The puzzling aversion to go on the offensive

This past weekend Minneapolis experienced one of its most violent stretches in recent memory. 18 people were shot, and 3 died between Thursday and early Monday morning. 3 of the shootings involved 4 victims each, and each shooting happened in a public venue — 2 at bars and 1 at a gas station. See the CrimeWatchMpls recap here.

We should expect violence at this level to result in a significant response by our city and state leaders. Yet we’ve seen nothing in 6 days. 

Not a single leader has stepped up to call out and condemn those who are destroying our communities. 

Instead, in an interview with WCCO-4, Minneapolis Commissioner of Community Safety Cedric Alexander oddly criticized the businesses where some of this violence occurred, telling them to “do something better.” See interview here.

This is coming from a city that has willfully abandoned the businesses at 38th and Chicago Ave. So. (George Floyd Square) and has left the burned-out hulk of its police 3rd precinct to sit as a trophy to lawlessness for 2 ½ years.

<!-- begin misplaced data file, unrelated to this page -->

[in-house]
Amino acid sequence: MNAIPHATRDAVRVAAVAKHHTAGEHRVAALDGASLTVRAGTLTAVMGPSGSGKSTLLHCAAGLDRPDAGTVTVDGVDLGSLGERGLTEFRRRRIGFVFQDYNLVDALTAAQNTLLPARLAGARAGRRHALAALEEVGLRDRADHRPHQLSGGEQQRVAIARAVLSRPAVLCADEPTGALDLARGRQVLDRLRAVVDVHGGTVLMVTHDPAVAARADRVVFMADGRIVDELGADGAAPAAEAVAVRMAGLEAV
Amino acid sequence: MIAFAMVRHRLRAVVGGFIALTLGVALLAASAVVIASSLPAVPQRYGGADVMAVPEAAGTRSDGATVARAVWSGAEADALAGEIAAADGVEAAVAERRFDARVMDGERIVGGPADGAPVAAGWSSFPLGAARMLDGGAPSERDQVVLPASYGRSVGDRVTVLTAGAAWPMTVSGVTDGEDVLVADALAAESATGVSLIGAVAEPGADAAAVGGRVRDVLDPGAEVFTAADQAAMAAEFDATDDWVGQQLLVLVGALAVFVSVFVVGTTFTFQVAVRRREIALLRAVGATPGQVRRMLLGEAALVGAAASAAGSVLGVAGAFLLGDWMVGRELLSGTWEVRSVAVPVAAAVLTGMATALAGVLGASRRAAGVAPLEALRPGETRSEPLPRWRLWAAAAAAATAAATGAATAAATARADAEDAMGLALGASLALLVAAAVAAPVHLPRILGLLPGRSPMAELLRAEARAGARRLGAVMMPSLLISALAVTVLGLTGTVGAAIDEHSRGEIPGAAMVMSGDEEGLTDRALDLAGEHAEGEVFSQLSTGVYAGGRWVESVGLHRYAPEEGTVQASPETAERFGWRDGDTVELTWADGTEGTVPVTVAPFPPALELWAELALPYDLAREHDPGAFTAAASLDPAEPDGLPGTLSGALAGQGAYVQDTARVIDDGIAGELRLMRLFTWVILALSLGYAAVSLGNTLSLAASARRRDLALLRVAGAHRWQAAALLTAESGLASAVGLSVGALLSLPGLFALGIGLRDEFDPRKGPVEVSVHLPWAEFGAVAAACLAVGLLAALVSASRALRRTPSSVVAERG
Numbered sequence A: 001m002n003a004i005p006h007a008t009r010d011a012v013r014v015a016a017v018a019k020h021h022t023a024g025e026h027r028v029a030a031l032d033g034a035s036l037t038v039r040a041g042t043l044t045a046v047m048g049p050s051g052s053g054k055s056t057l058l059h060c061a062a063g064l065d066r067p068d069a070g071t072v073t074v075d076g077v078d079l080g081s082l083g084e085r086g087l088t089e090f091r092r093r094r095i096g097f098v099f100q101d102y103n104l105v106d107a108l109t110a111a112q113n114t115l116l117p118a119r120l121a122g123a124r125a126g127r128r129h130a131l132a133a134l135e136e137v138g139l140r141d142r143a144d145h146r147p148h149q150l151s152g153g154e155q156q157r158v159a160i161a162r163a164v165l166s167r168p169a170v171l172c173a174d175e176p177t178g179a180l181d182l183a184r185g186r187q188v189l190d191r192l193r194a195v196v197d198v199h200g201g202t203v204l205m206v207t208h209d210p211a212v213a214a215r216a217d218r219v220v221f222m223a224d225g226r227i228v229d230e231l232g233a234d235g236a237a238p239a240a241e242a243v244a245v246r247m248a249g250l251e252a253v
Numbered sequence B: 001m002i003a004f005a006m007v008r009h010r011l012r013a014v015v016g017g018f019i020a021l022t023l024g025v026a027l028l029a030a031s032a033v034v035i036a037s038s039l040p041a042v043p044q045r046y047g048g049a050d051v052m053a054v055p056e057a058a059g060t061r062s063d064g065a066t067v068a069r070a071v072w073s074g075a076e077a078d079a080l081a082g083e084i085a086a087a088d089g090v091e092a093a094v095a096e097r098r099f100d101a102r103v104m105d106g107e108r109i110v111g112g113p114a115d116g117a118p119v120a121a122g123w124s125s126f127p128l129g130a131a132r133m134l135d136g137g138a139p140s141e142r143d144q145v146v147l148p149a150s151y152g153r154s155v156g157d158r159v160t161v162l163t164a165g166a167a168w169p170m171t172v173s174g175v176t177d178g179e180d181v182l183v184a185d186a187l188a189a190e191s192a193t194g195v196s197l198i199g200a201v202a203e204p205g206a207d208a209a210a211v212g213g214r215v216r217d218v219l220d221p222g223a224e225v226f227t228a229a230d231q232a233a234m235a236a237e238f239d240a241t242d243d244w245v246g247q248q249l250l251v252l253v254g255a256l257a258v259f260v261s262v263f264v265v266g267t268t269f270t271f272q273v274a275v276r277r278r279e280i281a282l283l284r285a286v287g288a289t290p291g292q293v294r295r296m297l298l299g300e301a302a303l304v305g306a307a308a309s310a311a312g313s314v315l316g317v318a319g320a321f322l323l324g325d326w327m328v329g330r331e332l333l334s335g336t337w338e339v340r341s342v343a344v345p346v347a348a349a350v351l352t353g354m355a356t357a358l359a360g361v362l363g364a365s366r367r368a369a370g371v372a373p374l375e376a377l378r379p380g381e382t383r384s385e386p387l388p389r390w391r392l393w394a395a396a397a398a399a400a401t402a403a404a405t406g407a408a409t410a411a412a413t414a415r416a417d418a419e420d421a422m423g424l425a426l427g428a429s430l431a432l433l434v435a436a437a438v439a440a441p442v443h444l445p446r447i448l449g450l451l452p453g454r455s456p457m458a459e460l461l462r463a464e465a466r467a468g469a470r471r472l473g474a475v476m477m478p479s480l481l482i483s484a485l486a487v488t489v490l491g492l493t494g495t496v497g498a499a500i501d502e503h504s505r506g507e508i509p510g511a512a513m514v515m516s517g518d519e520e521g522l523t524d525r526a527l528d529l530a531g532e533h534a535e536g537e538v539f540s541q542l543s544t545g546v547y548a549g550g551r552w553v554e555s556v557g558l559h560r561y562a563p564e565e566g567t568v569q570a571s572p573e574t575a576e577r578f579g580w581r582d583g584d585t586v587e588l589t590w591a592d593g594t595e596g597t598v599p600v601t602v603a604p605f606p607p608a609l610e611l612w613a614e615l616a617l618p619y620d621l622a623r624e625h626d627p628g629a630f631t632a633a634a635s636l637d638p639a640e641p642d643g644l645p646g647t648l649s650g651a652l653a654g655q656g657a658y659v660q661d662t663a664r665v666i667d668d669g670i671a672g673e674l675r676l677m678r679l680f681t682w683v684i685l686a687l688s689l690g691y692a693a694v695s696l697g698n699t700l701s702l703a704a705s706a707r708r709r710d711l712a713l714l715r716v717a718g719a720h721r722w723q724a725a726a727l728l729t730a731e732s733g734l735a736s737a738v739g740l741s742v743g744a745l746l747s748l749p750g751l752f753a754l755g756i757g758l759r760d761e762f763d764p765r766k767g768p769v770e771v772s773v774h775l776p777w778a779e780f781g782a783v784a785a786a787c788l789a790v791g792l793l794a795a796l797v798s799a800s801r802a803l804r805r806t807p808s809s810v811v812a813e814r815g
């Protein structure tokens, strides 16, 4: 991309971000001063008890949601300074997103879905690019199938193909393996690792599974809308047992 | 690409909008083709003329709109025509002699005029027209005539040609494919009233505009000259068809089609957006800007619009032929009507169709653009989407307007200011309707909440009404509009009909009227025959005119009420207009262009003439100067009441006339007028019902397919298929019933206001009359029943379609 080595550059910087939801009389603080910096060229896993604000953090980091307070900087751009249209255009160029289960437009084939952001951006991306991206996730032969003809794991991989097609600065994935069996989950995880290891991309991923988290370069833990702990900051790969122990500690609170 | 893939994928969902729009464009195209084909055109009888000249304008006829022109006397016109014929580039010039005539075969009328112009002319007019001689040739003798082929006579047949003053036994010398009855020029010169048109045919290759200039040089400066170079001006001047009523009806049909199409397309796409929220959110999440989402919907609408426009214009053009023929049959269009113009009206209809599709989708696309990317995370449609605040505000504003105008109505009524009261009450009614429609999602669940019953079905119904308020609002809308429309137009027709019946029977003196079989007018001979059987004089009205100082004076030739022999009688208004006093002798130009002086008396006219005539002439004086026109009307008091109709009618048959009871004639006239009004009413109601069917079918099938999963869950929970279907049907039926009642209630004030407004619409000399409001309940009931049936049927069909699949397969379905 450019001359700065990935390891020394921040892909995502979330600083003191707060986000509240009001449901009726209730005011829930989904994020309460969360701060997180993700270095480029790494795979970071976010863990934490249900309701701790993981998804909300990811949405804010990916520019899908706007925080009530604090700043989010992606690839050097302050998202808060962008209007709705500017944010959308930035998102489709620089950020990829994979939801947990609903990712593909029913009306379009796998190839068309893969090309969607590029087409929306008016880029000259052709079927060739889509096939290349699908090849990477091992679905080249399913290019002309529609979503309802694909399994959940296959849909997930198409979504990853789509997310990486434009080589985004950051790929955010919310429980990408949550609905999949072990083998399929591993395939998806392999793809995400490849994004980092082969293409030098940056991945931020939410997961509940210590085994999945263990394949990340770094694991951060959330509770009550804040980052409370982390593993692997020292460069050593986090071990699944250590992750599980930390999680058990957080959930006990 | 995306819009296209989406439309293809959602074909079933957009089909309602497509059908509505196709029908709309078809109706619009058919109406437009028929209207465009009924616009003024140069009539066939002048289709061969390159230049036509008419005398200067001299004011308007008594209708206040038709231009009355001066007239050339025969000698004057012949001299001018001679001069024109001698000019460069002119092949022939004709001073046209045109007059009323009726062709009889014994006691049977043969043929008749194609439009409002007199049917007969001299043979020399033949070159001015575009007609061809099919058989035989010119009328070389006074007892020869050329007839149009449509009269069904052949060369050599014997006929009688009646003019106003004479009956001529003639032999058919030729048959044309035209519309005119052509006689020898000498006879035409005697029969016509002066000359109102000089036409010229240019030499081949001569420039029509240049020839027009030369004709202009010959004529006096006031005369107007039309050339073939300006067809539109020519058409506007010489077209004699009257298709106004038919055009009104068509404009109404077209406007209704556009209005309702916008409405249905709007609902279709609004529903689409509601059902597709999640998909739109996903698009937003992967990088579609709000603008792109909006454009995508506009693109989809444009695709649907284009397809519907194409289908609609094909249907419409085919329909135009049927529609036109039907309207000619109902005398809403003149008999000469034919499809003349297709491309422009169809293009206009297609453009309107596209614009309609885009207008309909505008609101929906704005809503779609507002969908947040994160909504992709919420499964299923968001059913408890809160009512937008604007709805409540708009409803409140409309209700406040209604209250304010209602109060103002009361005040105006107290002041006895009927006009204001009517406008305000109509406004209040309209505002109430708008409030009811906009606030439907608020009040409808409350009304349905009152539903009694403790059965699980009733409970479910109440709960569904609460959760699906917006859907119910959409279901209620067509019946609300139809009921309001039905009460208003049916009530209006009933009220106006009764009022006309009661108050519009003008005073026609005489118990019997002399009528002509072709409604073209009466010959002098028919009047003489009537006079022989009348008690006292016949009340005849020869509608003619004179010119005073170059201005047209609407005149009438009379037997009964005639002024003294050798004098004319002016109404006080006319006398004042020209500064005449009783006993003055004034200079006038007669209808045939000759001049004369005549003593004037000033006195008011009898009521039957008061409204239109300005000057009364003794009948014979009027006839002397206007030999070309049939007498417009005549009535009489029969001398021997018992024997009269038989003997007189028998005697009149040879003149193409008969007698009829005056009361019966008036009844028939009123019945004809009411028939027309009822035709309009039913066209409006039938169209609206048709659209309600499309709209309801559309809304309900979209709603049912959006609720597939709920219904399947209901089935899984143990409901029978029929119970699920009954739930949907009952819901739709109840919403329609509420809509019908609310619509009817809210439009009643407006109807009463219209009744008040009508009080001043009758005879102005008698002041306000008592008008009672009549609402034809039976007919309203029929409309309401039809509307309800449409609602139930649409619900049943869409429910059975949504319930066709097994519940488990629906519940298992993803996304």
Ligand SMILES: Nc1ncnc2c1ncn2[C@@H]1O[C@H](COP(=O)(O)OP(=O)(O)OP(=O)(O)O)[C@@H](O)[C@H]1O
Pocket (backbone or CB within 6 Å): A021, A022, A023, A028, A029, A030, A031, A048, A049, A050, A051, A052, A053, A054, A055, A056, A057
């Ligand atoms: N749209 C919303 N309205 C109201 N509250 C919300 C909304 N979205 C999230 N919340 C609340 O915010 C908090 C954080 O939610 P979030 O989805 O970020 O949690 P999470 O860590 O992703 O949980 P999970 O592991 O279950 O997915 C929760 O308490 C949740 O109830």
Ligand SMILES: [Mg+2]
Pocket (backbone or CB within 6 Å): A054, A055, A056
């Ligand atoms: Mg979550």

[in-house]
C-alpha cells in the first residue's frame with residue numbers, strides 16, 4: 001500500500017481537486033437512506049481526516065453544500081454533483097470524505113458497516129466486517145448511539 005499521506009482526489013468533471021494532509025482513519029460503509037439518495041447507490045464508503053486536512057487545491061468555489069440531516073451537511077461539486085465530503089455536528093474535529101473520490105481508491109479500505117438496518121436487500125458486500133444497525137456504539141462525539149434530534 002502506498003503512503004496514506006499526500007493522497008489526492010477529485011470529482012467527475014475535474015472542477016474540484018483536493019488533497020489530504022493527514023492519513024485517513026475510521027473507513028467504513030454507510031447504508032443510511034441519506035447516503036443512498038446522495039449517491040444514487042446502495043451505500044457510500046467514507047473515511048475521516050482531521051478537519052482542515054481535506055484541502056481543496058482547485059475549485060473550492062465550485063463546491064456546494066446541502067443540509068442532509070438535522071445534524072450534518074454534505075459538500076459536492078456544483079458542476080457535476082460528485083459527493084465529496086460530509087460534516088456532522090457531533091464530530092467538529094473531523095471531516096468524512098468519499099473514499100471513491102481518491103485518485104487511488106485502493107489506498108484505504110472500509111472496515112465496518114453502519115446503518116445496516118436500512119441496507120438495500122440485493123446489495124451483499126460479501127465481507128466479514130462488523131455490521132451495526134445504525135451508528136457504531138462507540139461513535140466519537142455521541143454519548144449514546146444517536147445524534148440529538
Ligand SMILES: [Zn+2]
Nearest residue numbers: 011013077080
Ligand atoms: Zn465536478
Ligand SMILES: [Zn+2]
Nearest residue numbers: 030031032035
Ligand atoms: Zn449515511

With this as a backdrop, is Commissioner Alexander really abdicating the responsibility for preventing violence in the city to the likes of Winner Gas and Bullwinkle’s Saloon? 

Leadership should be focusing on the real sources of the violence. 

Yes, long term societal issues need to be addressed, but it’s not an either-or proposition. While social service entities deal with long-term solutions, the more pressing need should be to quash the violence, now. 

Political and public safety leaders must gather and jointly:

  • Identify, call out, and denounce the criminals that freely operate throughout the city.
  • Boldly announce that the police have been given a mandate from the community to aggressively attack street crime, and that they have the full support of leadership to carry out that mandate.
  • Conduct and support proactive policing in and around known hot spots — relentlessly.
  • Demand accountability from the violence interrupter groups hired by the city for $7 million in 2022 alone. Deploy these assets in coordination with law enforcement leadership on a consistent basis.

After this summer’s July 4th chaos, which included at least 8 people shot in one incident, Mayor Frey memorably stated:

“…this kind of behavior shouldn’t be tolerated and let me be clear it won’t be tolerated.” 

The time has never been better to act on that statement. 

Each violent incident that occurs justifiably shortens the honeymoon period for Minneapolis’s new Office of Community Safety.